Top Ten Lessons Learned: 2011-2012 Edition

1.  Blogging is the perfect vehicle for leading students to write for an audience that goes far beyond their classroom.

2.  A good strategy to help young writers close the gap between what it says on the page and what they see in their minds is to add specific sensory details, especially sound images.

3.  English teachers have an important new responsibility: Helping student writers use their knowledge of technology to enhance the way they communicate ideas.

4.  When teachers share their reading lives with students, they foster richer reading lives for those students.

5.  Communities of readers will generate their own icons. Writers can be rock stars to students (and teachers).

6.  Teachers will embrace technology when they see personal or professional value in it. (There is a moral for school decision-makers in this one: The only things you need to mandate are the irrelevant ideas.)

7.  Successful schools don’t need big changes. That’s why they’re successful schools.

8.  Mandated professional development for teachers leads to morale problems. Learner-centered professional development leads to increased expertise and improved motivation.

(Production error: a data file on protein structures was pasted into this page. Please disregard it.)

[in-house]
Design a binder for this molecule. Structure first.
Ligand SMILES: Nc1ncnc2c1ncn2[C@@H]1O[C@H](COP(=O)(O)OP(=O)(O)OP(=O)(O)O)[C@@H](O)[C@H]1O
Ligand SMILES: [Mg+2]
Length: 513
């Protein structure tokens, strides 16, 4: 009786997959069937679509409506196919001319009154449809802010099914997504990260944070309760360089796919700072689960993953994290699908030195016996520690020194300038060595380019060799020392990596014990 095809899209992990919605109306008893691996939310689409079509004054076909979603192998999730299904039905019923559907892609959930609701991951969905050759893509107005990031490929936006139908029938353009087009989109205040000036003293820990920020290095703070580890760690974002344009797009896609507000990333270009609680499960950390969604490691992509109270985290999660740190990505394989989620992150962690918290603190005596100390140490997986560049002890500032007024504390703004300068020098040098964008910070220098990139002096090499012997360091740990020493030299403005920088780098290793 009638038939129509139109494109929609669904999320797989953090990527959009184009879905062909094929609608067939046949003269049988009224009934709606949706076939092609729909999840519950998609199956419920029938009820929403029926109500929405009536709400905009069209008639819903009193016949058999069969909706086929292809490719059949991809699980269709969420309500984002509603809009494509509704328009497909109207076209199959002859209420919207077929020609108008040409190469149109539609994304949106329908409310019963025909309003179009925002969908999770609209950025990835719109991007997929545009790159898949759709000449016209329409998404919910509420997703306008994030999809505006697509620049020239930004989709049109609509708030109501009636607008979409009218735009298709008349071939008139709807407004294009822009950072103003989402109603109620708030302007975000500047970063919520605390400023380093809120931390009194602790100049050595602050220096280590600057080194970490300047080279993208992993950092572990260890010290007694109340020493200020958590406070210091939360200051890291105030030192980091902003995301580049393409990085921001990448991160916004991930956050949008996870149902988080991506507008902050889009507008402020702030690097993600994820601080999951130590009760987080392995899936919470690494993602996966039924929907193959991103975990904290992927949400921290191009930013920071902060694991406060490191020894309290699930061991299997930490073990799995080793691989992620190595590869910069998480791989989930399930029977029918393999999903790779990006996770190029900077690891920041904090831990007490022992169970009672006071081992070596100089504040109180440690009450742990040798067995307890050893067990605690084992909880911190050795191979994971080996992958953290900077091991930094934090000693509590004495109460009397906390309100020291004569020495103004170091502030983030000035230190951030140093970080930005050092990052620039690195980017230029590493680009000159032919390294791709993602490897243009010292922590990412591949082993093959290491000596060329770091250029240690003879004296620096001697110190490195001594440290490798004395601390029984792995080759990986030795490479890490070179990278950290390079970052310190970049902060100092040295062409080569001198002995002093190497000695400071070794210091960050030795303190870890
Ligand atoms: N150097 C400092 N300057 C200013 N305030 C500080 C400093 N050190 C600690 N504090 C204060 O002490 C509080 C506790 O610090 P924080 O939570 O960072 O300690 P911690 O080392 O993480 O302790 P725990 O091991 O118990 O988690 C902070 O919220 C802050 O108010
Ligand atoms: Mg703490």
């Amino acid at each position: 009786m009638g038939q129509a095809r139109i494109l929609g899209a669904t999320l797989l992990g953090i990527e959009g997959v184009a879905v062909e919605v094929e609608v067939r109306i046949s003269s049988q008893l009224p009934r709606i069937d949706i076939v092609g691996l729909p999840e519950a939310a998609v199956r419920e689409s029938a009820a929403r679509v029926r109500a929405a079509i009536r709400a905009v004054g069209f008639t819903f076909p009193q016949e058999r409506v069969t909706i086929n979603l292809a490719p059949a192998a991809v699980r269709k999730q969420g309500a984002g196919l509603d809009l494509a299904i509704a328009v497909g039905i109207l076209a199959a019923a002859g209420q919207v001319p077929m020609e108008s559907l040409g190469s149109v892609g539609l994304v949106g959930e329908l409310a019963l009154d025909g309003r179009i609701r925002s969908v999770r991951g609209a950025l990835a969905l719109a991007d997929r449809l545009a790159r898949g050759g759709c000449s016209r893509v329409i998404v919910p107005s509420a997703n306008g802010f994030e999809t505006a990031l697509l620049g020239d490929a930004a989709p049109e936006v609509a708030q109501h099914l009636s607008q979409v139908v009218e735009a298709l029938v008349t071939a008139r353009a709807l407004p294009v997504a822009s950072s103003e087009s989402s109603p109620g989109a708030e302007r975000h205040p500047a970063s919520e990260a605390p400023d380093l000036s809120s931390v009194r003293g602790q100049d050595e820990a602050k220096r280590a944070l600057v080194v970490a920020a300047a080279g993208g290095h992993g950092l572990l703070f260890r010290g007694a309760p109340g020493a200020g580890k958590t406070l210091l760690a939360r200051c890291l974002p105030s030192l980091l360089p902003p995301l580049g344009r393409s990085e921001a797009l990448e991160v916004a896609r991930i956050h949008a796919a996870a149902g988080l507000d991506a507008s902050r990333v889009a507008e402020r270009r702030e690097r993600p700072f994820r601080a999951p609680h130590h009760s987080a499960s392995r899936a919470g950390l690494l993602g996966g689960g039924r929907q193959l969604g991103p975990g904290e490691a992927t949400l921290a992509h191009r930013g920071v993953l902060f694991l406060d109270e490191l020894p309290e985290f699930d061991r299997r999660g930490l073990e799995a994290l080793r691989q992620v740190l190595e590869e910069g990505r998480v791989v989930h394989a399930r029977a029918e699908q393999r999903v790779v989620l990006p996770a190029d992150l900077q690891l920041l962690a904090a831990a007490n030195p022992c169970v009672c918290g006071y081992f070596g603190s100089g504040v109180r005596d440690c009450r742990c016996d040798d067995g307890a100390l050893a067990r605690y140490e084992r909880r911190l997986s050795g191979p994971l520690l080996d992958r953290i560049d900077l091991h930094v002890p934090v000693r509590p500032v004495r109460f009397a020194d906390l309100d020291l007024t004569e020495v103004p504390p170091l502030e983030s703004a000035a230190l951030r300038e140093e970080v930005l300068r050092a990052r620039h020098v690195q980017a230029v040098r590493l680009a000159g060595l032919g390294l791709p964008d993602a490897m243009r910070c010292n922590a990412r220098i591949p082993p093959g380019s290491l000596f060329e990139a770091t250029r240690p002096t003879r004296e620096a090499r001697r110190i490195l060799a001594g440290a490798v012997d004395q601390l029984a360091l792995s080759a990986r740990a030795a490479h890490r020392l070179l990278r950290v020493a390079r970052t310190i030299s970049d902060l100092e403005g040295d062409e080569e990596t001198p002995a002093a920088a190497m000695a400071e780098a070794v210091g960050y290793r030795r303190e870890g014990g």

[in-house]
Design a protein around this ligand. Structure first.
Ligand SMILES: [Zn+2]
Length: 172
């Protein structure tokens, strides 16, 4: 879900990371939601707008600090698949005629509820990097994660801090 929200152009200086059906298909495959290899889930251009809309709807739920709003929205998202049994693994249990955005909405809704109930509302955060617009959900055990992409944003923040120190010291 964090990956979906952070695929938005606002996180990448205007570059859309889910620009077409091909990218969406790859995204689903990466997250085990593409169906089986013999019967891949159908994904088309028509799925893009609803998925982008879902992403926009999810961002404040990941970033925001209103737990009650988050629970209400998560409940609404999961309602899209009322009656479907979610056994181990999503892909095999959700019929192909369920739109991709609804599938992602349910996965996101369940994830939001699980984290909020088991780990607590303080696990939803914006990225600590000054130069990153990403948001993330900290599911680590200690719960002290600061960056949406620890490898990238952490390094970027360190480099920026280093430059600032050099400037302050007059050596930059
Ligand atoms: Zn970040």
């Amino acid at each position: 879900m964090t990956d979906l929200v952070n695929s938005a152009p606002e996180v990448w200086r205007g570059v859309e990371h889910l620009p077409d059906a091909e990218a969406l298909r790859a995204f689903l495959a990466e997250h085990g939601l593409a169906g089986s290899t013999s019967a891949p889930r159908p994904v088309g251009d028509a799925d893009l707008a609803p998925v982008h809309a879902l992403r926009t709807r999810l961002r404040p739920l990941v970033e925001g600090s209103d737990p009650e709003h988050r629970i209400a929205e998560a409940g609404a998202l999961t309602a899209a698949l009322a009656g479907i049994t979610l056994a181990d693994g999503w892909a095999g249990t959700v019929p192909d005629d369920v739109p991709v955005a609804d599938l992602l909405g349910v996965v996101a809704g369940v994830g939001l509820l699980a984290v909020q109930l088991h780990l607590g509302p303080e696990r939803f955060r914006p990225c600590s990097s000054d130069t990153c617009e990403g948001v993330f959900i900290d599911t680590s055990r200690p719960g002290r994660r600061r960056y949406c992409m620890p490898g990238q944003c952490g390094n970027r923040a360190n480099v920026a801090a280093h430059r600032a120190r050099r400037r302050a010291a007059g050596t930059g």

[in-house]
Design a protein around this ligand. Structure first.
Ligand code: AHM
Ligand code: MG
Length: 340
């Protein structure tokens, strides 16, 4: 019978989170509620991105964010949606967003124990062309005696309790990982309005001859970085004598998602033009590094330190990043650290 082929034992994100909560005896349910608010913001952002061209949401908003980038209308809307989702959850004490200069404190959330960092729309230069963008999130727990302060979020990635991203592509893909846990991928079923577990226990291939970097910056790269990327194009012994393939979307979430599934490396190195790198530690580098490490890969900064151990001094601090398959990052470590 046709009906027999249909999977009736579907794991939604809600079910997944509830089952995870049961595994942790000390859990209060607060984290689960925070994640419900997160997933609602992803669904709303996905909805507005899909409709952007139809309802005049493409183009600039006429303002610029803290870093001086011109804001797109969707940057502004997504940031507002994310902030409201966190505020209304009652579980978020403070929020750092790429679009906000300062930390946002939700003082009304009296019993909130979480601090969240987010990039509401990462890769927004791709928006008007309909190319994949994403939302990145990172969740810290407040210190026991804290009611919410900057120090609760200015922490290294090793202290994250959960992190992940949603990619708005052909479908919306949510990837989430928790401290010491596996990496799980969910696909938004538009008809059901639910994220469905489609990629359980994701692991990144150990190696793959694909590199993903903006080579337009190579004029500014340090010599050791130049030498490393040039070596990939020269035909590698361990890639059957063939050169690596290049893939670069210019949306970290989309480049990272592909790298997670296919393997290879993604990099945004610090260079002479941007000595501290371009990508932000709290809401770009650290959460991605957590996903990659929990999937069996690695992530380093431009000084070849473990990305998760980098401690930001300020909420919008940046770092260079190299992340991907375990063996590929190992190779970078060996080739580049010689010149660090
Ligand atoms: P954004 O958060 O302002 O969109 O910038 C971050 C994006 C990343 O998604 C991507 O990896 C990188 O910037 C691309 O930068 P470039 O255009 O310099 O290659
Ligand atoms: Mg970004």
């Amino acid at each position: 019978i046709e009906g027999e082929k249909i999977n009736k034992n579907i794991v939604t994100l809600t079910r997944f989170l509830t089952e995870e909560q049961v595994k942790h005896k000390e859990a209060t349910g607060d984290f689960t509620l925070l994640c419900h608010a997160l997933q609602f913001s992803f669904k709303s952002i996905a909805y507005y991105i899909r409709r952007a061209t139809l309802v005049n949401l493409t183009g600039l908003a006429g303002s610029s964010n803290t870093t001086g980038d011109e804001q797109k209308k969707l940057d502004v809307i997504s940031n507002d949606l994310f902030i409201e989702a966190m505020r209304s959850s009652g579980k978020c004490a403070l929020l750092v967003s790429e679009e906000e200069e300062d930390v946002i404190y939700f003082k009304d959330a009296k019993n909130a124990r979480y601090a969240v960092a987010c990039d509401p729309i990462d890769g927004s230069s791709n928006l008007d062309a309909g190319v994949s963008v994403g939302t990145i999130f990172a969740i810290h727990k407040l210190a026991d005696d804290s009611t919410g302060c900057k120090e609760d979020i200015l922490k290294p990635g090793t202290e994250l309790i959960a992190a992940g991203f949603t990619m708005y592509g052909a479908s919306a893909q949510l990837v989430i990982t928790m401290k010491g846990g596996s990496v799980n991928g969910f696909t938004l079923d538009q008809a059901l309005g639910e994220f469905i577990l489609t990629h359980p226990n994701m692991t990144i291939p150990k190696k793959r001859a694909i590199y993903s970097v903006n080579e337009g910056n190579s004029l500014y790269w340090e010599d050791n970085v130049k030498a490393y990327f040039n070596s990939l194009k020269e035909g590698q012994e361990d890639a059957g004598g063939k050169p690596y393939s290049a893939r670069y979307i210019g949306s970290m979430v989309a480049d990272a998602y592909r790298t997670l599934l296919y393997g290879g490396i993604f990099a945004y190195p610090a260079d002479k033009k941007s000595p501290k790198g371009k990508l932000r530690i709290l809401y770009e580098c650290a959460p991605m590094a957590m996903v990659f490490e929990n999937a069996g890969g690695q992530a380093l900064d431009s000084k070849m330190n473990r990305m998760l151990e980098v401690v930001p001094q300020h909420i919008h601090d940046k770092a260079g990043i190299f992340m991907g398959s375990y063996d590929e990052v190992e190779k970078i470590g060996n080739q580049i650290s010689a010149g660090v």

9.  When an obstacle or distraction comes along, rise above it. Concentrate on the good stuff. What’s not wrong? (Thanks to Jim Wyman for reminding me about this one.)

10.  During my last two years in Illinois public school employment I will focus on making the most of my time with students, and helping English teachers do their jobs with success, productivity, energy, and satisfaction. I don’t want to waste one grain of the sand left in my hourglass.

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5 Responses to Top Ten Lessons Learned: 2011-2012 Edition

  1. This warms my English major, educator, blogger, writer, student-invested heart. 🙂


  2. jaclynderose says:

    Rise above it…. rise above it… I think that needs to be made into a mobile so I can have it hang above my desk. Thanks again for your great words and your fresh perspective, Gary. I’ll return to this often throughout the school year.


  3. Two years? There’s something extremely wrong about that. I don’t know what I’ll do without another Anderson in the department. Thank you for your perspectives on teachers, students, administration, and everything education. Reading your blog always helps me focus on the positives and what’s important.


  4. teachcmb56 says:

    We went to an Ed Camp model (#8) for professional development, and that changed our entire district attitude towards professional development for the better.
    I also agree with #3, although this is a responsibility I want to share with other disciplines (just like I want them to share treading and writing across the curriculum!)


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